Other Research

Through our national and international connections, Mātai will provide access to technical skillsets and create scientific collaborations between clinician researchers and companies to solve problems in biomedical imaging (i.e. stroke, neurodegenerative, musculoskeletal, cardiac, kidney, and liver disease) that require further development in and deployment of image acquisition and image-processing techniques. This will create a unique opportunity for other research groups and companies around New Zealand to make health-related discoveries through Mātai.


Mātai’s core research and expertise will complement and aid multiple areas of health-related research.

Medical imaging enables physicians to see inside the body with clarity to assess a diseased organ. It can lead to less invasive and precise medical therapies, fewer complications, and shorter hospital stays. Through its state-of-the art imaging and strong cross-disciplinary expertise, Mātai will enable medical discoveries, transformations, and innovations in a broad range of illnesses that affect our people.

Cancer research will be supported by testing and refining imaging protocols that enable cell tracking (cells can be manipulated with nanoparticles, contrast agents and reporter genes so that they can be followed and tracked with MRI). This will help guide stem cell and immune cell therapy to find treatments for many diseases, including cancer, type 1 diabetes, ALS, multiple sclerosis, stroke and other neurological conditions. Our MRI system will also play a key role in a number of congenital diseases that affect children, to enable physicians to make treatments with less-invasive methods.


The ability to visualise anatomical connections between different parts of the brain has emerged as a major breakthrough for neuroscience. This level of resolution can show subtle changes in brain microstructure, leading to the early diagnosis of brain disease or disorders.

As Mātai grows, our research findings could expand into other areas of brain research, including:

  • Understanding brain physiology, brain injury and disorders.
  • Brain injury and disorder prevention.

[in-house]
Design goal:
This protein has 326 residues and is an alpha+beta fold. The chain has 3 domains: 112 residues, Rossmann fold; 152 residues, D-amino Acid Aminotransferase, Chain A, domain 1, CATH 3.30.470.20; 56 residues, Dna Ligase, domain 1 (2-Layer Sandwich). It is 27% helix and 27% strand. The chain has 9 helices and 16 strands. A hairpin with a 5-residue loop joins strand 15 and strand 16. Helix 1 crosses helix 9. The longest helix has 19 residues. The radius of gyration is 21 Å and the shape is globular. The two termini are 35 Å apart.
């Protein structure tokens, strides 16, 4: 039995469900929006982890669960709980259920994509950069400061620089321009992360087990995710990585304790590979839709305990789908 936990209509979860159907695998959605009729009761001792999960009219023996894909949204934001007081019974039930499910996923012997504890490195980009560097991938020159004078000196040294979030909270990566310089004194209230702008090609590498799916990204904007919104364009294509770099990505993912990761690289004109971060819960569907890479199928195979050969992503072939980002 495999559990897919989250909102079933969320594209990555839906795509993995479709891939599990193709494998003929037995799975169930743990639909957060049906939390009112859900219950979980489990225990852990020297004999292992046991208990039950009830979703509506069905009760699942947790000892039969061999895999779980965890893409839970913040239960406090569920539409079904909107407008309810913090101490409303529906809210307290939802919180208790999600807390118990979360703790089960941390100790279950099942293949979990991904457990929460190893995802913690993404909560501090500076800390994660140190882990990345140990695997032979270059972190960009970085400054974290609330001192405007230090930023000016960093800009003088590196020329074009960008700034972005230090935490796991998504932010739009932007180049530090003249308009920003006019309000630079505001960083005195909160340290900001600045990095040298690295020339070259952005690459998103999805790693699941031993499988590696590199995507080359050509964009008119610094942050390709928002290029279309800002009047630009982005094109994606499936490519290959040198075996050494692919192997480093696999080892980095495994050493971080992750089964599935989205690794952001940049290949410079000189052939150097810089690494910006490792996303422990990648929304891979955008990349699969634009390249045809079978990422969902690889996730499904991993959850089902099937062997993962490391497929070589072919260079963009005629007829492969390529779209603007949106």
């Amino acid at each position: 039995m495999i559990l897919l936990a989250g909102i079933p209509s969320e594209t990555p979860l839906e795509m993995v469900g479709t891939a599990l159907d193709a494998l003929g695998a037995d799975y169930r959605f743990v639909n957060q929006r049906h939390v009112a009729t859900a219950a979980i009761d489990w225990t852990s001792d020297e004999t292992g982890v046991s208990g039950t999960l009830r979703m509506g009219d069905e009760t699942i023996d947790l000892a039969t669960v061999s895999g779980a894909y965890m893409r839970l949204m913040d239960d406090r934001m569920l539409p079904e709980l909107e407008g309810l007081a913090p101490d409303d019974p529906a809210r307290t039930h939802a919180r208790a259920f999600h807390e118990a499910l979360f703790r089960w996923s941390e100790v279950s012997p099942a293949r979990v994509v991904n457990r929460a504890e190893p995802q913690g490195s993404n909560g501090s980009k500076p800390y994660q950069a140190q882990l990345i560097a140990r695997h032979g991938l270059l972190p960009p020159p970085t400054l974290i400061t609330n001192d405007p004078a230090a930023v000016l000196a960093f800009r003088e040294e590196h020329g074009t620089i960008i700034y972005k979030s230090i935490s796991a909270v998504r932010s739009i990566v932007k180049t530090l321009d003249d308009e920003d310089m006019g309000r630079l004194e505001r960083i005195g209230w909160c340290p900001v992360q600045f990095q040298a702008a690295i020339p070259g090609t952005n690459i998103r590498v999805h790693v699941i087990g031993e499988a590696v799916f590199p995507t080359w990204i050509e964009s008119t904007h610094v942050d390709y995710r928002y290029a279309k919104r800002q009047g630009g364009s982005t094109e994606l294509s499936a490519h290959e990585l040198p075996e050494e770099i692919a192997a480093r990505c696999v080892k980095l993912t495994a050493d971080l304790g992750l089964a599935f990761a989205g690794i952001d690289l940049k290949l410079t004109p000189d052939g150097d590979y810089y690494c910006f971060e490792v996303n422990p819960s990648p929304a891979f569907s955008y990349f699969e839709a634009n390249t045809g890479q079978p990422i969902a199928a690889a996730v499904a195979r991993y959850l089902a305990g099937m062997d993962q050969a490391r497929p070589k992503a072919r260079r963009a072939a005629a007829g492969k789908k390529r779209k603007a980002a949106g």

• Basic science research into interventional methodologies (including modern medicine & holistic approaches).
  • Brain Rehabilitation.
  • Mental health issues & suicide (which also occur in high frequency in patients with TBI).
  • Neurodegenerative disease and stroke.
Novel MRI technology can depict exquisite white matter structure.

At this resolution, it may be possible to detect subtle white matter tears due to brain injury. By being able to see subtle improvements in white matter strength during or after treatment/rehabilitation, the effectiveness of treatments can be more objectively measured.


We have a real strength in advanced and novel neuroimaging of brain structure and function, which can be used to validate and improve neurorehabilitation software developed by New Zealand companies. This includes new neurorehabilitation approaches and software tools targeted to brain injury and other disorders.

MRI has shown to be able to pick up changes in white matter fibre connections, even in real-time. Functional MRI which probes altered cognitive processes also holds promise for measuring altered brain activity non-invasively. This opens up the opportunity to test the impact of rehabilitation methods on the brain. For example, the differences between a baseline (before) and after rehabilitation MRI scan may be able to pick up subtle changes in the brain to help guide treatment.


A promising and under-recognised area of research that we will support is heart rate variability (HRV) research.

HRV explores the information encoded in the beat to beat variations of the heart and provides a doorway to explore the autonomic nervous system and heart-brain communications along with emotional factors such as resilience. HRV has also been shown to be altered in concussion, and is likely to provide an important biomarker, a tool for outcome measures, as well as a tool for therapeutic intervention.

Further research will lead to diagnosis and treatment opportunities related to brain and heart disorders, particularly in mental health and brain injury rehabilitation.


Child Health Index (CHI)

We will work towards the development of a Child Health Index to provide a facility to measure the health of different communities from the tamariki perspective. Research is increasingly showing that adverse childhood events and lower self-control levels in childhood are associated with developing health and social issues in adulthood. A Child Health Index may well provide an indicator of disease burden for communities as well as an early barometer as to whether any intervention is improving the overall health in that community.

This research into the base health and mental health of our children through a CHI, will serve as part of a holistic approach to caring for our tamariki. 

For other research projects supported by Mātai, see Research Collaborations & Community Research